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The return of Alan George “A.G.” Lafley as CEO of Procter & Gamble (P&G) is great news for the insight world. Widely credited for making P&G a more consumer driven and externally focused company, Lafley created a diverse, open, curious and connected culture at the consumer goods giant.

If his last tenure is an indication, Lafley will once again bring back consumers to the forefront. This spells good news for insight professionals as it will encourage CEOs in other companies to do the same.

Here are four reasons why insight pros should celebrate Lafley’s return:

  1. Lafley, a true champion of innovation

    Before retiring in 2010, Lafley revolutionized innovation at P&G. When he first became CEO, he realised the company’s innovation model hadn’t changed since the late 1980s and innovation costs were exceeding topline growth. Fuelled by an intrinsic understanding of consumer’s needs, Lafley launched the Connect and Develop innovation model in 2006. The model, which merged P&G’s internal resources with outside innovation, more than doubled the company’s innovation success rate, with the company now getting 20% of its ideas externally.

    For Lafley, innovation is everyone’s job. The role of insight professionals will be seen as more critical for companies if more CEOs like Lafley do their part in championing the innovation process.

  2. The consumer is boss

    Lafley’s corporate raison d’etre is the consumer. As the CEO of one of the world’s biggest companies, he literally spent 20 days a year in the kitchens and bathrooms of the people who pay for his and everyone else’s salary: the consumers. This is ethnography at its very best.

    Bloomberg Businessweek magazine recently credited Lafley’s success to the fact that “he listens more than he talks.” An advocate of the phrase “the consumer is boss,” Lafley pioneered the “second moment of truth”—a concept that focuses on the consumer’s experience at home. Under Lafley, all P&G executives were taught this mantra: “We are the voice of the consumer within P&G, and they are at the heart of all that we do.”

    Insight pros exist to help uncover insights about consumers. In an era where the voice of the consumer is more valued, insight professionals have a more critical role.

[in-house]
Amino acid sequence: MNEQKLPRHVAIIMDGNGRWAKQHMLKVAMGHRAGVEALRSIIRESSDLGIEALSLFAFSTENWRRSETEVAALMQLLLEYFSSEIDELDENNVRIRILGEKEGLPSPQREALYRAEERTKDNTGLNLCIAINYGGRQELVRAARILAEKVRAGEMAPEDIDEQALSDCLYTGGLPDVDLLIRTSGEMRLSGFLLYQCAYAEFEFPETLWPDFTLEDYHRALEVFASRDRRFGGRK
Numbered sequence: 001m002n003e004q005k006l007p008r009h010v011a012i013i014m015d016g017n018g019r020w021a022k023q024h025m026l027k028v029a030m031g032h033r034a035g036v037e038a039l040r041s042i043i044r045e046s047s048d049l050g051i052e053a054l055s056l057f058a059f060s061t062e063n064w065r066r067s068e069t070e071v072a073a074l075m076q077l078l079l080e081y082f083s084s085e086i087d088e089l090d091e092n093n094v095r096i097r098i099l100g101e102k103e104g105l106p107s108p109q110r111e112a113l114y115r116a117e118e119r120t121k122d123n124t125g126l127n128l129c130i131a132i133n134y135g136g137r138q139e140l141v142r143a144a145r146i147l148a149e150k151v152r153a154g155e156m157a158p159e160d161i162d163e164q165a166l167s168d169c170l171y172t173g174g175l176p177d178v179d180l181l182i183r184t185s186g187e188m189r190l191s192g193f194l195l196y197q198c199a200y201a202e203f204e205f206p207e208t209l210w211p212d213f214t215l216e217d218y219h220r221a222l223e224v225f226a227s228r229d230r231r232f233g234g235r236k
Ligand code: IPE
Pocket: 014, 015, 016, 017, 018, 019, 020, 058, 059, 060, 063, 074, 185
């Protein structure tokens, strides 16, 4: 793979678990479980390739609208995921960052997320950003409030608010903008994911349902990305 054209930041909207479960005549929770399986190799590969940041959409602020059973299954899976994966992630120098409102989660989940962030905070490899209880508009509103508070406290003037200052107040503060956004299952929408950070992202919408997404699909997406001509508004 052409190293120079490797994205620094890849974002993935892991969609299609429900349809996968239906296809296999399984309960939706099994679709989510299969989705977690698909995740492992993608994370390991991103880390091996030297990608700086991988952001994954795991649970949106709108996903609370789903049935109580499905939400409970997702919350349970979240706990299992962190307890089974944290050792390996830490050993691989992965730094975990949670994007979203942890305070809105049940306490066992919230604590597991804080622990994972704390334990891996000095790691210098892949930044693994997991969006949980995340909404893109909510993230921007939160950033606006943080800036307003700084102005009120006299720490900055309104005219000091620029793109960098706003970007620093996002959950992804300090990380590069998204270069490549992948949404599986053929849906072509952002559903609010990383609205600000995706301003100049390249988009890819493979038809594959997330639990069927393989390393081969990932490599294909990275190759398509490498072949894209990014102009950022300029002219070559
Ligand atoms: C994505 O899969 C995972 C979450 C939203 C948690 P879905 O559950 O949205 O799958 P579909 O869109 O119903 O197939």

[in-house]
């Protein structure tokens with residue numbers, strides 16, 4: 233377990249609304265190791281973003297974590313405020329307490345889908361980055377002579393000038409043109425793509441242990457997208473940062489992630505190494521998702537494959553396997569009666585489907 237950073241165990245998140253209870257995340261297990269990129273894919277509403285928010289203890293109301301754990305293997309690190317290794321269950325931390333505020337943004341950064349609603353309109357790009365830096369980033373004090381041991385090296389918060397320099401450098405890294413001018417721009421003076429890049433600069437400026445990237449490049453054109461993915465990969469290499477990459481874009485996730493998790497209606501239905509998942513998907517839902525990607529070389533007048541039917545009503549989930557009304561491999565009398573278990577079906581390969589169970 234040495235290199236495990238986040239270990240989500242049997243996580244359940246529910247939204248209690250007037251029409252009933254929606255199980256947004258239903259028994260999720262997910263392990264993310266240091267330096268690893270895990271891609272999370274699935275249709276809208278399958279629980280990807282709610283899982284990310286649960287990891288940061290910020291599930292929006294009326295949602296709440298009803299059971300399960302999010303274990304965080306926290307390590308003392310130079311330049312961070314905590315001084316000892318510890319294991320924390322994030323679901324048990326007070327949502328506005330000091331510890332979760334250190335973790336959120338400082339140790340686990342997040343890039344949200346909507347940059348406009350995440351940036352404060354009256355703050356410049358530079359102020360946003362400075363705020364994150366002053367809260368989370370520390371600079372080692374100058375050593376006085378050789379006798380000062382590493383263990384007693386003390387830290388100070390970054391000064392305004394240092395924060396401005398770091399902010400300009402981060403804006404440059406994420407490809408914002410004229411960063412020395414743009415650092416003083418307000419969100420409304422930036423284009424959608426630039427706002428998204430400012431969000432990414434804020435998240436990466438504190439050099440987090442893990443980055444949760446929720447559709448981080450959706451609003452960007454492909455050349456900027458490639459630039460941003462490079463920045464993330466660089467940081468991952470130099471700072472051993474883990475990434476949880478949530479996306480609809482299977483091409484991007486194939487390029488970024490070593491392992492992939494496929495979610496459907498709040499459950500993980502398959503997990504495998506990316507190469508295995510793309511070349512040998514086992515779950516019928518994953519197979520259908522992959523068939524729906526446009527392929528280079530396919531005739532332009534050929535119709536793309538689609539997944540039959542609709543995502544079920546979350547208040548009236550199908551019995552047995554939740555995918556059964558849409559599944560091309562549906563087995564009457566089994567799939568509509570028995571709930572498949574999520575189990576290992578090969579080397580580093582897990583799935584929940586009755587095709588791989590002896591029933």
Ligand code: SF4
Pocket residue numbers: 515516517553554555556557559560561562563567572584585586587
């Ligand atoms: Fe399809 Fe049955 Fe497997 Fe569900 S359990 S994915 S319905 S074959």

3. Engaging consumers is a critical success factor

    Lafley once said, “In the case of the innovation process we want the customer engaged at the front end. Right after we have an idea—right after the kernel—we engage with target consumers.”

    Lafley understands how consumers live and feel. Early in his management career, he visited various countries, stores and homes to understand what delighted consumers and exactly what might please them in the future. “You develop a feel,” he once said. “You become more of an anthropologist, because you can’t understand the language. Your power is observation and listening.”

    Today, thanks to technology, marketers and insight professionals don’t necessarily have to make various trips around the world to understand their customers. The thoughtful use of big data can help reveal what delights people, and marketers can use online technology such as social media platforms and insight communities to validate their hunches and understand why consumers do what they do. But Lafley’s belief about customer engagement is more relevant than ever and CEOs and their insight teams can benefit from following his lead.

  4. Co-creation is encouraged

    Asked to describe the P&G of the future, Lafley once said, “We’re in the business of creating and building brands.” Given his focus on listening to the voice of the consumer, you can expect Lafley to encourage his team to “bring the outside in” and emphasize the co-creation process of working with consumers to build new brands. As insight professionals are tasked with working with consumers, they are well positioned to lead the charge in developing and executing co-creation processes within their companies.

As you can see, Lafley’s return to P&G is good news for those who put consumer insight and foresight on the pedestal. Lafley’s return to P&G will help the company become even more customer centric, and I believe that the role of insight professionals in all sectors will be more prominent as a result.

Are you excited about Lafley’s return to P&G? What can marketers and insight professionals learn from him? Let us know by leaving a comment. 

Photo credit: Jordan Fischer

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